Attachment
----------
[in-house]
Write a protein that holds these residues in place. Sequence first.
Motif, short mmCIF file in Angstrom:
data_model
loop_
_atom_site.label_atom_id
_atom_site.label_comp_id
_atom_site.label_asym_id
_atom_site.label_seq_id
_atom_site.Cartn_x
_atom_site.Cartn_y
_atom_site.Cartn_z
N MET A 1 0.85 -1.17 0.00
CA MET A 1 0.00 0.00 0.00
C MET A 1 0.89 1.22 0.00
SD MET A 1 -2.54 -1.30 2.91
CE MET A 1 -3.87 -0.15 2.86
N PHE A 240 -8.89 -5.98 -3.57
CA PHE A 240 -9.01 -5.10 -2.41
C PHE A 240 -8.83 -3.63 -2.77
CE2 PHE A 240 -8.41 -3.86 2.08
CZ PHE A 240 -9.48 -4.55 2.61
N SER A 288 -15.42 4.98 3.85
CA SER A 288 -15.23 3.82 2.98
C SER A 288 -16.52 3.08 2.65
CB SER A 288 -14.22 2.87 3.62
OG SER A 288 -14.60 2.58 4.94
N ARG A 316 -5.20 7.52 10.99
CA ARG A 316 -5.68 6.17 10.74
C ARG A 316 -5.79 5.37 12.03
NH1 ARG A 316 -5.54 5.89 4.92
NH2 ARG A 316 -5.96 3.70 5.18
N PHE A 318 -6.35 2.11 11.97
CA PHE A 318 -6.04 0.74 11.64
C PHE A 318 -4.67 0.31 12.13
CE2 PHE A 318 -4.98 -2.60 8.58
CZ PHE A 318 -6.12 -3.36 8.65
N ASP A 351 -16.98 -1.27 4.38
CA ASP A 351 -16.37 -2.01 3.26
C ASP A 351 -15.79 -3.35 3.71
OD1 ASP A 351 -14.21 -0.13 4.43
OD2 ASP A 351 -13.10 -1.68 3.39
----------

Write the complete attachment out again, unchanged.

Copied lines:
[in-house]
Write a protein that holds these residues in place. Sequence first.
Motif, short mmCIF file in Angstrom:
data_model
loop_
_atom_site.label_atom_id
_atom_site.label_comp_id
_atom_site.label_asym_id
_atom_site.label_seq_id
_atom_site.Cartn_x
_atom_site.Cartn_y
_atom_site.Cartn_z
N MET A 1 0.85 -1.17 0.00
CA MET A 1 0.00 0.00 0.00
C MET A 1 0.89 1.22 0.00
SD MET A 1 -2.54 -1.30 2.91
CE MET A 1 -3.87 -0.15 2.86
N PHE A 240 -8.89 -5.98 -3.57
CA PHE A 240 -9.01 -5.10 -2.41
C PHE A 240 -8.83 -3.63 -2.77
CE2 PHE A 240 -8.41 -3.86 2.08
CZ PHE A 240 -9.48 -4.55 2.61
N SER A 288 -15.42 4.98 3.85
CA SER A 288 -15.23 3.82 2.98
C SER A 288 -16.52 3.08 2.65
CB SER A 288 -14.22 2.87 3.62
OG SER A 288 -14.60 2.58 4.94
N ARG A 316 -5.20 7.52 10.99
CA ARG A 316 -5.68 6.17 10.74
C ARG A 316 -5.79 5.37 12.03
NH1 ARG A 316 -5.54 5.89 4.92
NH2 ARG A 316 -5.96 3.70 5.18
N PHE A 318 -6.35 2.11 11.97
CA PHE A 318 -6.04 0.74 11.64
C PHE A 318 -4.67 0.31 12.13
CE2 PHE A 318 -4.98 -2.60 8.58
CZ PHE A 318 -6.12 -3.36 8.65
N ASP A 351 -16.98 -1.27 4.38
CA ASP A 351 -16.37 -2.01 3.26
C ASP A 351 -15.79 -3.35 3.71
OD1 ASP A 351 -14.21 -0.13 4.43
OD2 ASP A 351 -13.10 -1.68 3.39